PHASE MODULATING APPARATUS AND PHASE MODULATING METHOD
The present invention relates to a phase modulating apparatus capable of highly accurately and easily correcting the phase modulation characteristic of a reflective electric address spatial light modulator even when a condition of input light is changed. In the LCOS phase modulating apparatus, an input unit inputs the condition of the input light, and a processing unit sets an input value for each pixel. A correction value deriving unit determines a correction condition according to the condition of the input light. A control input value converting unit converts the input value set for each pixel into a corrected input value based on the correction condition. An LUT processing unit converts the corrected input value into a voltage value, and drives each pixel by using a drive voltage equivalent to the converted voltage value.
Latest HAMAMATSU PHOTONICKS K.K. Patents:
The present invention relates to a phase modulating apparatus and a phase modulating method using a reflective electric address spatial light modulator.
BACKGROUND ARTConventionally, as reflective electric address spatial light modulators, an LCOSspatial light modulator (LCOSSLM) using LCOS (Liquid Crystal On Silicon) is known. When a voltage is applied to a pixel electrode, liquid crystal molecules of the LCOSspatial light modulator are rotated on a surface vertical to a substrate to change a phase modulation amount of an incident light. In this case, however, the phase modulation amount changes in a nonlinear manner relative to the voltage applied to the pixel electrode, and thus, there arises a problem that a desired phase modulation amount cannot be obtained.
A silicon substrate of the LCOSspatial light modulator is processed through a semiconductor process, and thus, a thick silicon substrate cannot be obtained, and the mechanical strength is weak. As a result, as shown in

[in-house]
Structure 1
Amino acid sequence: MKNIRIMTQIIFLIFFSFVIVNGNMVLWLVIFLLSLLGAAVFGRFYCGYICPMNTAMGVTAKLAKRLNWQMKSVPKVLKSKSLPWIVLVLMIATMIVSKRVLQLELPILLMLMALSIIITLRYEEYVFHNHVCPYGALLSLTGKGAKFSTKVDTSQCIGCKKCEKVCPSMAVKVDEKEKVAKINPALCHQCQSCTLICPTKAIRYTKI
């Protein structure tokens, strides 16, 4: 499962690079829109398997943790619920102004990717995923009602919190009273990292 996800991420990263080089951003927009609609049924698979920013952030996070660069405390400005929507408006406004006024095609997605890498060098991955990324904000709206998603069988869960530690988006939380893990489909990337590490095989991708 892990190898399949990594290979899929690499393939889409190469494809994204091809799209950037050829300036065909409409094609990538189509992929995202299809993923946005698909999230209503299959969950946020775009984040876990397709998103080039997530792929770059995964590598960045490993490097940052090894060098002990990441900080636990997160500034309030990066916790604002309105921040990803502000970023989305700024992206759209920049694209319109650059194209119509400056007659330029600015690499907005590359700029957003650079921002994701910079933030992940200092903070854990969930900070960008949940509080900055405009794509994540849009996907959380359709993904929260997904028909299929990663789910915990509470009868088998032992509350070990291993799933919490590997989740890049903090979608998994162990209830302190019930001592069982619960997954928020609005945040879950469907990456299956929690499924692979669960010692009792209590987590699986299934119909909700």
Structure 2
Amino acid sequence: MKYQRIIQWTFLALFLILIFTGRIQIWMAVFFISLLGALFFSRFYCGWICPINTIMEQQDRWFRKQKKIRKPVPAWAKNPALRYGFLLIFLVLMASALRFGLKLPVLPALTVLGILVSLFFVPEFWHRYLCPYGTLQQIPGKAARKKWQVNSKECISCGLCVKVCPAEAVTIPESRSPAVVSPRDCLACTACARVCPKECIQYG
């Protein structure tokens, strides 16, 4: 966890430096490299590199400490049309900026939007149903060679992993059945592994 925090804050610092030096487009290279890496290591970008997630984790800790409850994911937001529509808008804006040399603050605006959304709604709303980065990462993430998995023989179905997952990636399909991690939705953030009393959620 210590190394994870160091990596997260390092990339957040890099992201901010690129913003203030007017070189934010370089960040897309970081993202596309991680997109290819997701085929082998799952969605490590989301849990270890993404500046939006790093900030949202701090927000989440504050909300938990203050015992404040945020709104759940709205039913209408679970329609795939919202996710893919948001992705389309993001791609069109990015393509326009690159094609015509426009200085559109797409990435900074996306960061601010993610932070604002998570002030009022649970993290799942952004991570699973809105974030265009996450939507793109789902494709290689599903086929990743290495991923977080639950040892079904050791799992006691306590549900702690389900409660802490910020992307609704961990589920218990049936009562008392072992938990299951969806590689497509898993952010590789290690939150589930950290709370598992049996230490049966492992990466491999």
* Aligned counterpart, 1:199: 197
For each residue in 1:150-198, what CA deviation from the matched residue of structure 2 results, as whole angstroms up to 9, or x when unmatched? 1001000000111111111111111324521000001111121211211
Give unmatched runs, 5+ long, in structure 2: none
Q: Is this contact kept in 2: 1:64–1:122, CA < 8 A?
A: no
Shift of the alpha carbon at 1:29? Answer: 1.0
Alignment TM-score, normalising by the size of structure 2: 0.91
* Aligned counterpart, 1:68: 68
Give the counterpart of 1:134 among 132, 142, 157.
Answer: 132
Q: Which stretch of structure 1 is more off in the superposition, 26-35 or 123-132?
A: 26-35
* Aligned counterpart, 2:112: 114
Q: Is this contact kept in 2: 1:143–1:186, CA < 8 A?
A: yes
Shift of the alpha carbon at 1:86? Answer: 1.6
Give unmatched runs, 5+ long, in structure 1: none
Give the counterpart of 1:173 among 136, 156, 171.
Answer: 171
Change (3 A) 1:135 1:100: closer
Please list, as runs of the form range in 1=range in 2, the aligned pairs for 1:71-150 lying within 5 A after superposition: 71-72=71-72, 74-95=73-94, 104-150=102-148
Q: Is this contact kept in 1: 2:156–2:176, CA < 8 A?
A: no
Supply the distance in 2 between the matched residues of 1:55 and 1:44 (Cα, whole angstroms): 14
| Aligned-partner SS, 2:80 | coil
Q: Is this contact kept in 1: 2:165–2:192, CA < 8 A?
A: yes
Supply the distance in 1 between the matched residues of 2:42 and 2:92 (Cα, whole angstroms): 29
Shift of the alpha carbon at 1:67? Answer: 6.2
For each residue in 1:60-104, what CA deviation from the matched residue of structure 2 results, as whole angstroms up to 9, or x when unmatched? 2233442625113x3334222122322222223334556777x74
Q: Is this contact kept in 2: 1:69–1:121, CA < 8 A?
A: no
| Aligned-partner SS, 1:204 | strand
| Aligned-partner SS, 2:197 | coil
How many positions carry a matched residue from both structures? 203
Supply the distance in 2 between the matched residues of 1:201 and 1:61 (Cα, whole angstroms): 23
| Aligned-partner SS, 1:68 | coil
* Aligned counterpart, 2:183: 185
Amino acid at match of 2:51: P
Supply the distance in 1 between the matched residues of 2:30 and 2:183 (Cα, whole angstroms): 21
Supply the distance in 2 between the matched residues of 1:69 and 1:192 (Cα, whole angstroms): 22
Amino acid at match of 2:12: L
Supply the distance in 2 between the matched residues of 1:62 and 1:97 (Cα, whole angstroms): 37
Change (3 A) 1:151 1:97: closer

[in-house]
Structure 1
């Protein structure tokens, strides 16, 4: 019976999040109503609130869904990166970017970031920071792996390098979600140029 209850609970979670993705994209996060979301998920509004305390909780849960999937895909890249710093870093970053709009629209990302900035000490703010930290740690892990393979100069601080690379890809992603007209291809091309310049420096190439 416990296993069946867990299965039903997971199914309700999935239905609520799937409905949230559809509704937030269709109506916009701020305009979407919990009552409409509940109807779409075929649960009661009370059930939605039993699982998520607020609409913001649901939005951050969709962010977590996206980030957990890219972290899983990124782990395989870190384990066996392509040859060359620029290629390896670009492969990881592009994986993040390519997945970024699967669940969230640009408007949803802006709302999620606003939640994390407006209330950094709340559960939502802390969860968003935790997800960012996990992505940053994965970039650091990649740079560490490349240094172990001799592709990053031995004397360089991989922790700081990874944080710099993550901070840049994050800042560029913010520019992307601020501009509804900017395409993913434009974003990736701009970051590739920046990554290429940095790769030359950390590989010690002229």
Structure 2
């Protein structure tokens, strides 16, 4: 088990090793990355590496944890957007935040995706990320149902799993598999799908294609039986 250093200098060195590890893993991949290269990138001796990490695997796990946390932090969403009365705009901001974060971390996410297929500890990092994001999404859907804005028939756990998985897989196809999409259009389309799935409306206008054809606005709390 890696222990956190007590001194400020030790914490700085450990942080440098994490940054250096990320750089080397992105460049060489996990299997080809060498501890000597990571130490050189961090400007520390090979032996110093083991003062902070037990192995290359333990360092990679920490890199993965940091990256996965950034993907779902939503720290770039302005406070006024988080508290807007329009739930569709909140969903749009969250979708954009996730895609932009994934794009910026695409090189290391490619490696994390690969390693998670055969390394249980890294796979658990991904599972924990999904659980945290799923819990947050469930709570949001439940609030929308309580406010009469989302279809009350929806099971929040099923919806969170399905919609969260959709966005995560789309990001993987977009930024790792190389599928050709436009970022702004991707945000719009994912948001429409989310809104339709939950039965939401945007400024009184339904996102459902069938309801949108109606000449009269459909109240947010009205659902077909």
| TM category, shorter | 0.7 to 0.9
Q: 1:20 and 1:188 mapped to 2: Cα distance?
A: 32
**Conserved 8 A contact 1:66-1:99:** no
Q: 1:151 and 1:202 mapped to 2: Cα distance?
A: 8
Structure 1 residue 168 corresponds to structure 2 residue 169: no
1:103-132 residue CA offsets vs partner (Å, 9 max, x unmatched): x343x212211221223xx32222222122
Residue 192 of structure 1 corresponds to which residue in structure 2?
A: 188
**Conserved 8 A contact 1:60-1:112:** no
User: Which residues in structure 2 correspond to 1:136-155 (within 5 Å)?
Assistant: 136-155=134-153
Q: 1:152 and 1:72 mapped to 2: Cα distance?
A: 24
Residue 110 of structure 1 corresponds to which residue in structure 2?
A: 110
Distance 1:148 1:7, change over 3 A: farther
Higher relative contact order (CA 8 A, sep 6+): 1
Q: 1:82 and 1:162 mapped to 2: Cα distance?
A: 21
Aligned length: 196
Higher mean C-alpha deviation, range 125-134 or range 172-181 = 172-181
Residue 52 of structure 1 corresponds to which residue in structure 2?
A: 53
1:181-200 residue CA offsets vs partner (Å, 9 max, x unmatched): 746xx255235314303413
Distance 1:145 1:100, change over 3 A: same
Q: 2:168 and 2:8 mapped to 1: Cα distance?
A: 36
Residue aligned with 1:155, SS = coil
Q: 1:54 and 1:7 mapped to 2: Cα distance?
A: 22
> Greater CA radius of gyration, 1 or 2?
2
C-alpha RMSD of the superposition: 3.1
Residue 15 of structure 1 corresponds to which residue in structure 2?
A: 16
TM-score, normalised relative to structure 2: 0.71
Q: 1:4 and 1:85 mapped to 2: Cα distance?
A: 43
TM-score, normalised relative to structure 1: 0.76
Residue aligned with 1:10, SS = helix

Φ(V,x,y)=φ(V,x,y)+φ_{0}(x,y)[π rad]
By using this equation, the phase modulation amount φ(V, x, y) can be determined by a sum of the amount φ(V, x, y) dependent on voltage and the amount φ_{0}(x, y) not dependent on voltage. It is noted that φ(V, x, y) is expressed by the following equation:
φ(V)=2Δn(V)d(x,y)*2π/λ[rad]
Herein, Δn(V) denotes a birefringence relative to a polarization component having an electric field vibrating in a direction parallel to an orientation of liquid crystal. d(x, y) denotes the thickness of the liquid crystal layer at a position (x, y). In each pixel, a relationship between the voltage V and the φ(V, x, y) is nonlinear. Resulting from d(x, y), φ(V, x, y) takes a different value for each pixel. On the other hand, the φ_{0}(x, y) arises mainly from the distortion on the reflective surface of the LCOSspatial light modulator. Hereinafter, the nonlinearity between the voltage and the phase modulation amount and the variation in the phase modulation amount for each pixel, arising from φ(V, x, y), are collectively called a voltagedependent phase modulation characteristic, and the variation in the phase modulation amount for each position (x, y), arising from φ_{0}(x, y), is called a voltage nondependent distortion. There are proposed methods for correcting the voltagedependent phase modulation characteristic and the voltage nondependent distortion (for example, Nonpatent Documents 1 to 3).